In the future, your Nespresso pod could supply more than just your daily dose of caffeine. It could test you for COVID-19.
Researchers in the Netherlands have developed an at-home, self-administered COVID-19 test that's cheap and has potential for mass adoption as it utilizes the aluminum shell from used Nespresso pods as a heating vessel. The study, conducted by Aldrik H. Velders, Michel Ossendrijver, Bart J.F. Keijser, and Vittorio Saggiomo at the Laboratory of BioNanoTechnology at Wageningen University & Research, has yet to undergo peer review.
Dubbed the "CoroNaspresso," the device is a modified version of a loop-mediated isothermal amplification or LAMP test , which can detect viral RNA from oral or nasal swabs.
To make the test, researchers filled an empty Nespresso capsule with roughly 6 grams of wax, a paraffin-based phase-change material, or PCM. They then cut a circle out of foam that fits around the lip of the capsule and dropped the capsule in a pot of hot water. As the water melts the wax, the foam acts as a buoy to keep the capsule afloat. Once the wax has melted, the user nestles a 3D-printed plastic test tube holder into the top opening. Put a little test tube in each hole while the wax is still soft in order to mold the shape, and voilà, you have a Nespresso COVID-19 test ready to go. The researchers' choice of coffee pod has less to do with brand loyalty than material: Aluminum is a good heat conductor. (It's possible aluminum pods from other brands might work too, though the study doesn't specify alternatives.)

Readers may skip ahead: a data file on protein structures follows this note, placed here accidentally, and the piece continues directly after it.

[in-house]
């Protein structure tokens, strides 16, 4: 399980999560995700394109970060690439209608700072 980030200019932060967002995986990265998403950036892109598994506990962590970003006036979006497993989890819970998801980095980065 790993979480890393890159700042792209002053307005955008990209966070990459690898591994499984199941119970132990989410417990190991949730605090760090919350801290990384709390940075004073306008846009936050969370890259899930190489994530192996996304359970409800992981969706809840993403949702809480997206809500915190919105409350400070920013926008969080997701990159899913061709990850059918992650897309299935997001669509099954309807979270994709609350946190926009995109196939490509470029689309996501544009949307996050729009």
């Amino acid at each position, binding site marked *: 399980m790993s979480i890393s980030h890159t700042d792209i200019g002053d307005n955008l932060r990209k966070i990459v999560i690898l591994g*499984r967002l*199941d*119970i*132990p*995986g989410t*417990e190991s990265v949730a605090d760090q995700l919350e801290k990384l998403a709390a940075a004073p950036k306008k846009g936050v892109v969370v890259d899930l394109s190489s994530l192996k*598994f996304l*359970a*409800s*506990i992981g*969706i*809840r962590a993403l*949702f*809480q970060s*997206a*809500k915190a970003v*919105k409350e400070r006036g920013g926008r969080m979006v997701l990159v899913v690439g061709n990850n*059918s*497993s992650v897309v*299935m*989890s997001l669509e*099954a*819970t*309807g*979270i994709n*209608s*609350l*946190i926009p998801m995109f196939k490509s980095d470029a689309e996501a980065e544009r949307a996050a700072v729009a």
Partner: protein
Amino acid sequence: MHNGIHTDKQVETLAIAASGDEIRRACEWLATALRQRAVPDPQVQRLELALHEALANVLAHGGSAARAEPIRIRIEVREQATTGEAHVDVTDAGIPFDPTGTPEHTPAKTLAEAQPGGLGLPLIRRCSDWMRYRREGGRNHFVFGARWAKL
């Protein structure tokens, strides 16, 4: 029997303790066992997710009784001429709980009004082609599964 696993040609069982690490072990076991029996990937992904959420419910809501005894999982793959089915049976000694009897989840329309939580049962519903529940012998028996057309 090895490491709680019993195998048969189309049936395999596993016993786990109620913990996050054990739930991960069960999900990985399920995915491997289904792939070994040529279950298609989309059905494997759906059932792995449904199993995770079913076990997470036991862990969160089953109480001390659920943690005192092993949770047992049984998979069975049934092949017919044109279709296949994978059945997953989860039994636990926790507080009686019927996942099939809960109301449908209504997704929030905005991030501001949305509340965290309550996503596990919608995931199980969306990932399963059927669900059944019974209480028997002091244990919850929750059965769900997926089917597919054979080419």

You'd take your ready-made COVID-19 test and insert a test tube with the genetic material you want to test for COVID-19, like from an oral or nasal swab. Bring a pot of water to boil. Remove it from the heat and drop the CoroNaspresso into the hot bath for about 25 to 30 minutes (it should be about 140 to 158 degrees Fahrenheit to initiate the reaction; you could use a sous vide to check the water temp, according to the study). Then take it out and let it cool for three minutes and take a peek at the vial you placed in the Nespresso pod. If the fluid inside any of the vials turns yellow, bad news: that's a positive COVID-19 test.
There are a few issues here. Sure, the Nespresso pods are commercially available, but it's unclear where the everyday coffee fiend could source Rubitherm RT64HC, the wax the researchers used to make the mold for their vials. Same goes for the 3D-printed holder. So while the vessel is easily accessible, the other components of this at-home test are less so. The solution seems more like a hack for scientists or health officials who might already have access to testing items.
But, even if it's still in the experimental phase, it's a smart way of thinking about how we can reduce waste when the pandemic has already caused so much of it—from personal protective equipment to disposable masks to vaccine needles . The researchers are touting the test as cheap, rapid, and simple. That's more than you can say for your typical bougie latte order.
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